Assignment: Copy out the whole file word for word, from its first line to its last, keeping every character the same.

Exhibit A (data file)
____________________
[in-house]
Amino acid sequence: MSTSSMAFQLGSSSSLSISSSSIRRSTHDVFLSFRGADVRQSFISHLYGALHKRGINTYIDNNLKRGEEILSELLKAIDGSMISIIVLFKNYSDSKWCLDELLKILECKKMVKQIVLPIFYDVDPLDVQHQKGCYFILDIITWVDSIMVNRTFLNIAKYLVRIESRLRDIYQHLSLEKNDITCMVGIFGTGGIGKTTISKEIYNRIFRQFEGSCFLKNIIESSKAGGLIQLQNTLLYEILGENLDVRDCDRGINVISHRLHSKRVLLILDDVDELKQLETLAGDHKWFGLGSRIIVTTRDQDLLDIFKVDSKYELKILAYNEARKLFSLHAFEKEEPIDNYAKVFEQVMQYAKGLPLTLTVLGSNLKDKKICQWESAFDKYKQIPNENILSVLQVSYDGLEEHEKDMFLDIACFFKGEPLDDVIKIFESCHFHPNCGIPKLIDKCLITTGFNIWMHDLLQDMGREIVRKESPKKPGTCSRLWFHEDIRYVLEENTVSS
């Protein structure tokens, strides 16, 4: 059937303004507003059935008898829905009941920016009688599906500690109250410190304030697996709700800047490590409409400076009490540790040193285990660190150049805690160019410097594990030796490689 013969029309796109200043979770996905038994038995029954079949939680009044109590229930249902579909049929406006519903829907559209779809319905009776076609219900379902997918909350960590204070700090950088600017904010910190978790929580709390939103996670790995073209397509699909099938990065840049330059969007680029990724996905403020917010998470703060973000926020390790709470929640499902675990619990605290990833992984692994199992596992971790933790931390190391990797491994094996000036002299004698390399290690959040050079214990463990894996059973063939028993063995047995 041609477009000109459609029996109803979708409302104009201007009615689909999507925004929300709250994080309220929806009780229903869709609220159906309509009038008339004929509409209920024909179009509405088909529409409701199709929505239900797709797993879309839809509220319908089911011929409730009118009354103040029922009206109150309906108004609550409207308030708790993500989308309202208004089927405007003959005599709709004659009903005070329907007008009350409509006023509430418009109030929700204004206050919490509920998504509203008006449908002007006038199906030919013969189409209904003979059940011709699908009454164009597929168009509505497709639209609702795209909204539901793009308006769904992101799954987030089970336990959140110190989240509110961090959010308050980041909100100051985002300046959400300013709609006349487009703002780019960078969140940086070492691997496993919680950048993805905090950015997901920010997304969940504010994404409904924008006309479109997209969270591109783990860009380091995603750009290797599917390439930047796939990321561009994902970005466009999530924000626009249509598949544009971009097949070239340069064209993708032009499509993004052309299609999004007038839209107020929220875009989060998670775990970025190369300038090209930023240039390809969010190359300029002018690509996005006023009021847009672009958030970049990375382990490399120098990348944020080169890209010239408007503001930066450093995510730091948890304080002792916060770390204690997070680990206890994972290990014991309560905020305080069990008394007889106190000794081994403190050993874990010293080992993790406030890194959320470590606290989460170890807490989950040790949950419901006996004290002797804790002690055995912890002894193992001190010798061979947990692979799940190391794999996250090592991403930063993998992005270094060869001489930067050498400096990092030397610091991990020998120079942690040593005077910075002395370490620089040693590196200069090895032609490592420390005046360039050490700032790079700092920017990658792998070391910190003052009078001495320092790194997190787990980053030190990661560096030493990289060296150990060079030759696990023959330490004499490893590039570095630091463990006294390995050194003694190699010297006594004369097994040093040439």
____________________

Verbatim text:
[in-house]
Amino acid sequence: MSTSSMAFQLGSSSSLSISSSSIRRSTHDVFLSFRGADVRQSFISHLYGALHKRGINTYIDNNLKRGEEILSELLKAIDGSMISIIVLFKNYSDSKWCLDELLKILECKKMVKQIVLPIFYDVDPLDVQHQKGCYFILDIITWVDSIMVNRTFLNIAKYLVRIESRLRDIYQHLSLEKNDITCMVGIFGTGGIGKTTISKEIYNRIFRQFEGSCFLKNIIESSKAGGLIQLQNTLLYEILGENLDVRDCDRGINVISHRLHSKRVLLILDDVDELKQLETLAGDHKWFGLGSRIIVTTRDQDLLDIFKVDSKYELKILAYNEARKLFSLHAFEKEEPIDNYAKVFEQVMQYAKGLPLTLTVLGSNLKDKKICQWESAFDKYKQIPNENILSVLQVSYDGLEEHEKDMFLDIACFFKGEPLDDVIKIFESCHFHPNCGIPKLIDKCLITTGFNIWMHDLLQDMGREIVRKESPKKPGTCSRLWFHEDIRYVLEENTVSS
């Protein structure tokens, strides 16, 4: 059937303004507003059935008898829905009941920016009688599906500690109250410190304030697996709700800047490590409409400076009490540790040193285990660190150049805690160019410097594990030796490689 013969029309796109200043979770996905038994038995029954079949939680009044109590229930249902579909049929406006519903829907559209779809319905009776076609219900379902997918909350960590204070700090950088600017904010910190978790929580709390939103996670790995073209397509699909099938990065840049330059969007680029990724996905403020917010998470703060973000926020390790709470929640499902675990619990605290990833992984692994199992596992971790933790931390190391990797491994094996000036002299004698390399290690959040050079214990463990894996059973063939028993063995047995 041609477009000109459609029996109803979708409302104009201007009615689909999507925004929300709250994080309220929806009780229903869709609220159906309509009038008339004929509409209920024909179009509405088909529409409701199709929505239900797709797993879309839809509220319908089911011929409730009118009354103040029922009206109150309906108004609550409207308030708790993500989308309202208004089927405007003959005599709709004659009903005070329907007008009350409509006023509430418009109030929700204004206050919490509920998504509203008006449908002007006038199906030919013969189409209904003979059940011709699908009454164009597929168009509505497709639209609702795209909204539901793009308006769904992101799954987030089970336990959140110190989240509110961090959010308050980041909100100051985002300046959400300013709609006349487009703002780019960078969140940086070492691997496993919680950048993805905090950015997901920010997304969940504010994404409904924008006309479109997209969270591109783990860009380091995603750009290797599917390439930047796939990321561009994902970005466009999530924000626009249509598949544009971009097949070239340069064209993708032009499509993004052309299609999004007038839209107020929220875009989060998670775990970025190369300038090209930023240039390809969010190359300029002018690509996005006023009021847009672009958030970049990375382990490399120098990348944020080169890209010239408007503001930066450093995510730091948890304080002792916060770390204690997070680990206890994972290990014991309560905020305080069990008394007889106190000794081994403190050993874990010293080992993790406030890194959320470590606290989460170890807490989950040790949950419901006996004290002797804790002690055995912890002894193992001190010798061979947990692979799940190391794999996250090592991403930063993998992005270094060869001489930067050498400096990092030397610091991990020998120079942690040593005077910075002395370490620089040693590196200069090895032609490592420390005046360039050490700032790079700092920017990658792998070391910190003052009078001495320092790194997190787990980053030190990661560096030493990289060296150990060079030759696990023959330490004499490893590039570095630091463990006294390995050194003694190699010297006594004369097994040093040439």